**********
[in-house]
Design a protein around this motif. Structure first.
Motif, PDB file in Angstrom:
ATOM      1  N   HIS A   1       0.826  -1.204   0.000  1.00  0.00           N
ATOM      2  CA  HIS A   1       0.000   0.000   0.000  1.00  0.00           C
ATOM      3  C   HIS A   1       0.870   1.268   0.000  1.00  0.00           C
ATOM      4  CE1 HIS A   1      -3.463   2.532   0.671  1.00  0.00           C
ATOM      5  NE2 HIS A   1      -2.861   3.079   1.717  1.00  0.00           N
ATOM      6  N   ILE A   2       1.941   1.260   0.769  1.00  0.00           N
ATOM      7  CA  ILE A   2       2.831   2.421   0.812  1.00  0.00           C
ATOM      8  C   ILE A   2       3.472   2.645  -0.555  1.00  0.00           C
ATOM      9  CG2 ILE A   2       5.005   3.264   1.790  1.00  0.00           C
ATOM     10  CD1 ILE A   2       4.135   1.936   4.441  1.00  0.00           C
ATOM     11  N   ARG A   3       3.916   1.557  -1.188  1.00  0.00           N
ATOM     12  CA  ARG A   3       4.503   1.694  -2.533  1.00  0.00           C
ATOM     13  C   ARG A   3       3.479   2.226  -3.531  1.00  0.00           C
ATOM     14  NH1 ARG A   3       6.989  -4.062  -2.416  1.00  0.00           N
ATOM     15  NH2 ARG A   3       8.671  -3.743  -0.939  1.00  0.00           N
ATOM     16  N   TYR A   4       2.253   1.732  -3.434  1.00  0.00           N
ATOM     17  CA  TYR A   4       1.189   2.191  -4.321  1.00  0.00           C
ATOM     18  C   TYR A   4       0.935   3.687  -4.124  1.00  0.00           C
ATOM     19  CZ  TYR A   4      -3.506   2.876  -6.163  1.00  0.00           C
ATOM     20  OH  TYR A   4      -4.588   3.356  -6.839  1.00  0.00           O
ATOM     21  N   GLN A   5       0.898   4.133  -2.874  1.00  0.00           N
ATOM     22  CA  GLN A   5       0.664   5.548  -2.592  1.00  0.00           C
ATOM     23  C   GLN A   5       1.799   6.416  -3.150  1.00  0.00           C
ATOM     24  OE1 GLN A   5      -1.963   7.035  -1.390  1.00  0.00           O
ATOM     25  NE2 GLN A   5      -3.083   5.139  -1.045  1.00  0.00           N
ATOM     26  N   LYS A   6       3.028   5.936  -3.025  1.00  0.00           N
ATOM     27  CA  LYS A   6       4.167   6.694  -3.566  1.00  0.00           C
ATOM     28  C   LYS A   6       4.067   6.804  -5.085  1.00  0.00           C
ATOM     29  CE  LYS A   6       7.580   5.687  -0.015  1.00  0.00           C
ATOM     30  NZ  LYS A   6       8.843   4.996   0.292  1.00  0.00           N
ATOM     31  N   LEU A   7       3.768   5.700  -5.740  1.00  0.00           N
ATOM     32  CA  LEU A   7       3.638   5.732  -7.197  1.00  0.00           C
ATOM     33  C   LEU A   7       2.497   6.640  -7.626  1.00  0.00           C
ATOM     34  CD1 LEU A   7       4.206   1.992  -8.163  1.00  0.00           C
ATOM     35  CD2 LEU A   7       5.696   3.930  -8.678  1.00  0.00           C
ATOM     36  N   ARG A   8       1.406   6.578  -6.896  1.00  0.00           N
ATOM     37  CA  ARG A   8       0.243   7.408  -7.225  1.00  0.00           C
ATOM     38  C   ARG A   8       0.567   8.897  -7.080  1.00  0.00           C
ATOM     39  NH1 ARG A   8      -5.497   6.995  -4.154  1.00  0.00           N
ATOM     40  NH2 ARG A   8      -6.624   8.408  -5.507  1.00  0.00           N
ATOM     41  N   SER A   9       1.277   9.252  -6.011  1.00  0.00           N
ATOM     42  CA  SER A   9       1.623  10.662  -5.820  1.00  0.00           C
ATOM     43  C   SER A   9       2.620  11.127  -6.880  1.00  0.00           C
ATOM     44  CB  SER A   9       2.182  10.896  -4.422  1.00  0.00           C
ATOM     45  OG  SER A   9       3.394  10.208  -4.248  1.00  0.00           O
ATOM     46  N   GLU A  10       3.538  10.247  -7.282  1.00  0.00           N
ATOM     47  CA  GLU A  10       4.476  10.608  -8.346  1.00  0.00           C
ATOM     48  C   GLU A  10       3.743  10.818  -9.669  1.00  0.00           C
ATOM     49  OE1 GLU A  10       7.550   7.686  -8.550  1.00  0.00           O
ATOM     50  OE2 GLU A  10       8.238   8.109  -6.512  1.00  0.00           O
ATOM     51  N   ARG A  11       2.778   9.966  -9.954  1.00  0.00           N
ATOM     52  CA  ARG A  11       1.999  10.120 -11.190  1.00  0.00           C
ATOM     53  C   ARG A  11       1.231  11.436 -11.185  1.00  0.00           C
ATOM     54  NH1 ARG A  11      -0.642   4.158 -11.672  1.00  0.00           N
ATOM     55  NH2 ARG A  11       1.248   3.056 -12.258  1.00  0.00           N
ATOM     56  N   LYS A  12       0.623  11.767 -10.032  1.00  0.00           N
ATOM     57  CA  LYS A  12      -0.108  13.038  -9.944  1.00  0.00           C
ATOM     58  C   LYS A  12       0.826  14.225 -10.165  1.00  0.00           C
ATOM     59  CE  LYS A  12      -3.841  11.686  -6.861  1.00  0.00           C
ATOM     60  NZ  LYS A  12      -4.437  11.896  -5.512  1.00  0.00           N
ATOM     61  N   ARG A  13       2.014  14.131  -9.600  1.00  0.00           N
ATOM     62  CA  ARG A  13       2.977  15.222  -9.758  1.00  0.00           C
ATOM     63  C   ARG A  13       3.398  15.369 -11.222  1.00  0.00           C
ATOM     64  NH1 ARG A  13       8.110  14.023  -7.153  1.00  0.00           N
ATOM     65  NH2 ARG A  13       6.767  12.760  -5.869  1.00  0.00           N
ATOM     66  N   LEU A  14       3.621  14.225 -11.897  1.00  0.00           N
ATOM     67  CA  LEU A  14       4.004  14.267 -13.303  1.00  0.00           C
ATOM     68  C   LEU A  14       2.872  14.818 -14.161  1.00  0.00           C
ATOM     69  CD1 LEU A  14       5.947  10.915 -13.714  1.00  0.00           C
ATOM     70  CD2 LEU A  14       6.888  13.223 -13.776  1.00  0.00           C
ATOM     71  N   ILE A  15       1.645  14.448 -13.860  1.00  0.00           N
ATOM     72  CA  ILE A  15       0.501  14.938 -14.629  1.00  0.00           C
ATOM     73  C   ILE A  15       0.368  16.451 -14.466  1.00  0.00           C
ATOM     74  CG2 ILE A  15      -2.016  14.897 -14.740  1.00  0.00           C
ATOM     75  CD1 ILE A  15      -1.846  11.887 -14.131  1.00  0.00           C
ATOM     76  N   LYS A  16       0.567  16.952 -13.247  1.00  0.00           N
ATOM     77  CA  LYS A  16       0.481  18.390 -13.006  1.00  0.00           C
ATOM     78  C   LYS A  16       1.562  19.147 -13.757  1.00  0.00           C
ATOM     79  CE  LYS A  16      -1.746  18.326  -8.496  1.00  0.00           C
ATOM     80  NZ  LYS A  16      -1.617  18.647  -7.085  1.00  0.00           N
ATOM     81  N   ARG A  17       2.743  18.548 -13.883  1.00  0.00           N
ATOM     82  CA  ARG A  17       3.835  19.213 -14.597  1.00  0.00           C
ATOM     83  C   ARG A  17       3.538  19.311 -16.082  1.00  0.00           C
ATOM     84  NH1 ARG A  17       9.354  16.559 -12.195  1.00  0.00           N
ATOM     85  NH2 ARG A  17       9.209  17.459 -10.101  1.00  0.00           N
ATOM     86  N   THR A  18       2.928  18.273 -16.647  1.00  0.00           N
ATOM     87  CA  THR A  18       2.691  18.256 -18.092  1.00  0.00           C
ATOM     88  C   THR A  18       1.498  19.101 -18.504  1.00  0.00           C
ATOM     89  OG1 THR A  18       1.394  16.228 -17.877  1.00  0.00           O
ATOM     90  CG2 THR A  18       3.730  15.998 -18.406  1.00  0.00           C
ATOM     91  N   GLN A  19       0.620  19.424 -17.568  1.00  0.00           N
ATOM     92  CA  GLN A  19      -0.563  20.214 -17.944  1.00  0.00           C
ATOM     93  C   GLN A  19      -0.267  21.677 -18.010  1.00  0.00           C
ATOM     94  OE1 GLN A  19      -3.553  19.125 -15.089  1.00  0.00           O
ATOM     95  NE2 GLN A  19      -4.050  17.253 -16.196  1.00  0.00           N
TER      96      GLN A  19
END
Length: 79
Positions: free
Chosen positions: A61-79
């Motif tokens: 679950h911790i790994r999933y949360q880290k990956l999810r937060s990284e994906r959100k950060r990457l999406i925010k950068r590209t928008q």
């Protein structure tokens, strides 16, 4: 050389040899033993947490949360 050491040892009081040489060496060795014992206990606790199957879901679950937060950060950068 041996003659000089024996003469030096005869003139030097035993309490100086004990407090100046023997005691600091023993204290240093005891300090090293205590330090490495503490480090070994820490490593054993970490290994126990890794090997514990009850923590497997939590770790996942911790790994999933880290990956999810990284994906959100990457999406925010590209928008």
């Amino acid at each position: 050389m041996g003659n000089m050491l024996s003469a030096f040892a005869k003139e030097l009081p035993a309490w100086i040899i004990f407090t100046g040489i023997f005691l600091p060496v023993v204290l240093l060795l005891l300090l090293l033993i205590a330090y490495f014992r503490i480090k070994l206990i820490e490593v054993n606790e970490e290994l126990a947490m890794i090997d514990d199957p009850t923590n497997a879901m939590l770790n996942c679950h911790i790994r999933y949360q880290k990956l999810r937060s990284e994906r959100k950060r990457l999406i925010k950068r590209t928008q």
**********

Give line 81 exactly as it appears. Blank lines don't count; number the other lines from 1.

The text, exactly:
ATOM     78  C   LYS A  16       1.562  19.147 -13.757  1.00  0.00           C